The Jonesville Fire Department got new battery-operated rescue equipment. | Facebook

The Jonesville Vol­unteer Fire Department pur­chased new metal-cutting equipment called the “jaws of life” and self-funded half of the cost. 

The new equipment con­sists of two pieces, a cutter and a spreader, pri­marily for the purpose of helping victims in car crashes escape a burning vehicle. 

It replaces the older model the fire department used for the past six years, and can be used to help victims escape burning buildings or more com­monly, agri­cul­tural equipment, according to Jonesville Fire Chief Dean Adair.

“We have a lot of cases of agri­cul­tural acci­dents, farm acci­dents,” Adair said. “If someone is entrapped in a piece of equipment, we could pull it apart and pull them out.”

Adair explained that the old hydraulic equipment, which works by pres­sur­izing water through a chamber to produce energy, slowed down the rescue process because it was heavy and had to be con­nected to the fire truck by hydraulic lines. The new equipment runs on battery.

“We don’t have to have the hydraulic lines to operate it, it’s entirely internal,” Adair said. “That means we can also get the equipment in closer to the problem. If I had to take it into a building, I can take the two new pieces — the spreader and the cutter — and that’s it.”

Adair, who has been the vol­unteer fire chief in Jonesville for 17 years, explained that the fire department hosted fundraising events over the past year with the spe­cific purpose of pur­chasing this equipment.

“With depart­ments around here, we have to maintain and keep the tech­nology we have our­selves, because to put that stress on tax­payers to keep replacing the equipment is a burden,” Adair said. “We do a lot of fundraising with our department.”

Fundraising events included the annual cash raffle, a golf outing with the Frank Beck Chevrolet car deal­ership which raised approx­i­mately $3,000. In total, the department fundraised just under $10,700 for both pieces of equipment, which the Jonesville City Council matched to com­plete the pur­chase.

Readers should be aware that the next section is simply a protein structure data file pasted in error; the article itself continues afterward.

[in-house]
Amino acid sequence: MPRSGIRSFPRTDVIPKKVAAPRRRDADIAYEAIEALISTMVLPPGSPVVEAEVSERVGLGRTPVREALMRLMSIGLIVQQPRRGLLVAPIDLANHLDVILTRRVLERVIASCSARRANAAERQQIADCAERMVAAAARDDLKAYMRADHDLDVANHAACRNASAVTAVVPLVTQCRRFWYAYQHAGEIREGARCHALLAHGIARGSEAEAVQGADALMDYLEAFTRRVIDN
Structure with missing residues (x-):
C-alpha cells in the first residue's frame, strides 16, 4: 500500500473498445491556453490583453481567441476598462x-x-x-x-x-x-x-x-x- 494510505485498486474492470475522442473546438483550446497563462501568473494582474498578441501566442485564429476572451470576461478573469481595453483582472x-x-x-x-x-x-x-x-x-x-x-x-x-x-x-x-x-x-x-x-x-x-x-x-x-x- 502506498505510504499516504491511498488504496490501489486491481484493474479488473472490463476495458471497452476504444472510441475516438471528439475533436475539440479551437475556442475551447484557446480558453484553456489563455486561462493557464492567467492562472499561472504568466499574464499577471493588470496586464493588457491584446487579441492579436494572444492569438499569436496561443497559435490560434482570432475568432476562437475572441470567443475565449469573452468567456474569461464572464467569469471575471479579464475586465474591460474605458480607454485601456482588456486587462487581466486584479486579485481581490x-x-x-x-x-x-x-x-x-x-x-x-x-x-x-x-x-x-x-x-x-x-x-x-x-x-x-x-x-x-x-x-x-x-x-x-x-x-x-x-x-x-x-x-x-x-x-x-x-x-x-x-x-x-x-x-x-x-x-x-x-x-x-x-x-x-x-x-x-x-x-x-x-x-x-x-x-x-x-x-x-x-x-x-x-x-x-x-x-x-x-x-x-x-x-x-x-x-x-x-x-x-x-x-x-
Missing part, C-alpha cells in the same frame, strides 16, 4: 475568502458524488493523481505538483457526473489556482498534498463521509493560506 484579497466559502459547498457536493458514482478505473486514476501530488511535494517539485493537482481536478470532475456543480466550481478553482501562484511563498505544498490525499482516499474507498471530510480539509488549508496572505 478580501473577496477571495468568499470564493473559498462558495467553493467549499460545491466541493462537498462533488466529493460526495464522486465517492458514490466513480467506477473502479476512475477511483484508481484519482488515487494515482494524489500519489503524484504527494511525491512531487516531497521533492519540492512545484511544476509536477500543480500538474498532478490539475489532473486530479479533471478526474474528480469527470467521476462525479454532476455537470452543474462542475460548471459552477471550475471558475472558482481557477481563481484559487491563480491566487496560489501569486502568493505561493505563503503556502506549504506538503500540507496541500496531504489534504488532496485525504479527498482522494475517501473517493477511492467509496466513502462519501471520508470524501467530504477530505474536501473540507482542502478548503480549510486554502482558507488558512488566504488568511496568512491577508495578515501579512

Jonesville City Manager Jeff Gray said the fire department reached this agreement with the city when they made the budget pro­posal last year. Though the equipment was expensive, Adair said Jonesville got it at a dis­count.

“We knew exactly what we wanted to get and were trying to get the best price for it,” Adair said. “We were for­tunate enough with our dealers that they had a demo set.”

The reason for the upgrade, Adair said, was to “keep up with the times.” The new version is not only lighter, but will also cost the city less in main­te­nance and is more reliable. 

“With hydraulic machines, you’re looking at a greater pos­si­bility of some­thing going wrong,” Adair said. “Now, because it’s battery-operated, it can still do what it needs to do, and we have a backup battery. In the sit­u­a­tions we’re dealing with, we don’t have the option of saying, ‘I’m sorry,’ and walking away. It’s important that the equipment works.”

Hillsdale City Fire Chief Scott Hephner said because Jonesville and Hillsdale now have an auto­matic aid agreement, this new equipment means better fire safety for Hillsdale res­i­dents, too. If there is a struc­tural emer­gency, both Hillsdale and Jonesville fire depart­ments are dis­patched.

“By them having that new equipment and showing up at a scene with more people, it just makes every­thing quicker, whether it’s a rescue, an extri­cation, a fire,” Hephner said. 

Hephner said Hillsdale upgraded to battery-operated cutters and spreaders two years ago, and cur­rently has the equipment installed on three trucks. Before the auto­matic aid agreement, Hillsdale fire­fighters may have showed up at a fire with their own jaws equipment, but wouldn’t have enough people to operate the equipment.

“Having more people and more equipment available really makes a dif­ference,” Hephner said.